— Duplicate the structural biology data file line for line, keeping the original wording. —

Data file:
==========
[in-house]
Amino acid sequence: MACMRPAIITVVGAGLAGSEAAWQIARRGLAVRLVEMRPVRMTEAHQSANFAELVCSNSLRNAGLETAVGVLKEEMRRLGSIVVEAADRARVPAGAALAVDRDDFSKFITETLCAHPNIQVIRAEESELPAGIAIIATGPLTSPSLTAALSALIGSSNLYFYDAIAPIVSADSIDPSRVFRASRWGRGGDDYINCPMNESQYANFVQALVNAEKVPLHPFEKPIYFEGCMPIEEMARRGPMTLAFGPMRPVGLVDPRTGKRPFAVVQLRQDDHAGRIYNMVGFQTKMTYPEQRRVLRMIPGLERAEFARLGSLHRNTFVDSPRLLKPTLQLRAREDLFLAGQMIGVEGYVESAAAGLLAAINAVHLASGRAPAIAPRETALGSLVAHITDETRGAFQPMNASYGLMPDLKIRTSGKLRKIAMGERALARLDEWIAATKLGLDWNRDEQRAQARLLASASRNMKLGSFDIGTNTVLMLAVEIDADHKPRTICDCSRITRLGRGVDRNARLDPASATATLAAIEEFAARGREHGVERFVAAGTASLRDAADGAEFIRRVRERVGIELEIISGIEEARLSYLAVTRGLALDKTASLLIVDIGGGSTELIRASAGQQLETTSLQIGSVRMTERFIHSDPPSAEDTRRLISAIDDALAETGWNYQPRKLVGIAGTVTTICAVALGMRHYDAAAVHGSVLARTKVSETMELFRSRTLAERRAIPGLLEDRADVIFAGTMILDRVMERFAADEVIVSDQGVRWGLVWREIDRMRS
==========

[in-house]
Amino acid sequence: MACMRPAIITVVGAGLAGSEAAWQIARRGLAVRLVEMRPVRMTEAHQSANFAELVCSNSLRNAGLETAVGVLKEEMRRLGSIVVEAADRARVPAGAALAVDRDDFSKFITETLCAHPNIQVIRAEESELPAGIAIIATGPLTSPSLTAALSALIGSSNLYFYDAIAPIVSADSIDPSRVFRASRWGRGGDDYINCPMNESQYANFVQALVNAEKVPLHPFEKPIYFEGCMPIEEMARRGPMTLAFGPMRPVGLVDPRTGKRPFAVVQLRQDDHAGRIYNMVGFQTKMTYPEQRRVLRMIPGLERAEFARLGSLHRNTFVDSPRLLKPTLQLRAREDLFLAGQMIGVEGYVESAAAGLLAAINAVHLASGRAPAIAPRETALGSLVAHITDETRGAFQPMNASYGLMPDLKIRTSGKLRKIAMGERALARLDEWIAATKLGLDWNRDEQRAQARLLASASRNMKLGSFDIGTNTVLMLAVEIDADHKPRTICDCSRITRLGRGVDRNARLDPASATATLAAIEEFAARGREHGVERFVAAGTASLRDAADGAEFIRRVRERVGIELEIISGIEEARLSYLAVTRGLALDKTASLLIVDIGGGSTELIRASAGQQLETTSLQIGSVRMTERFIHSDPPSAEDTRRLISAIDDALAETGWNYQPRKLVGIAGTVTTICAVALGMRHYDAAAVHGSVLARTKVSETMELFRSRTLAERRAIPGLLEDRADVIFAGTMILDRVMERFAADEVIVSDQGVRWGLVWREIDRMRS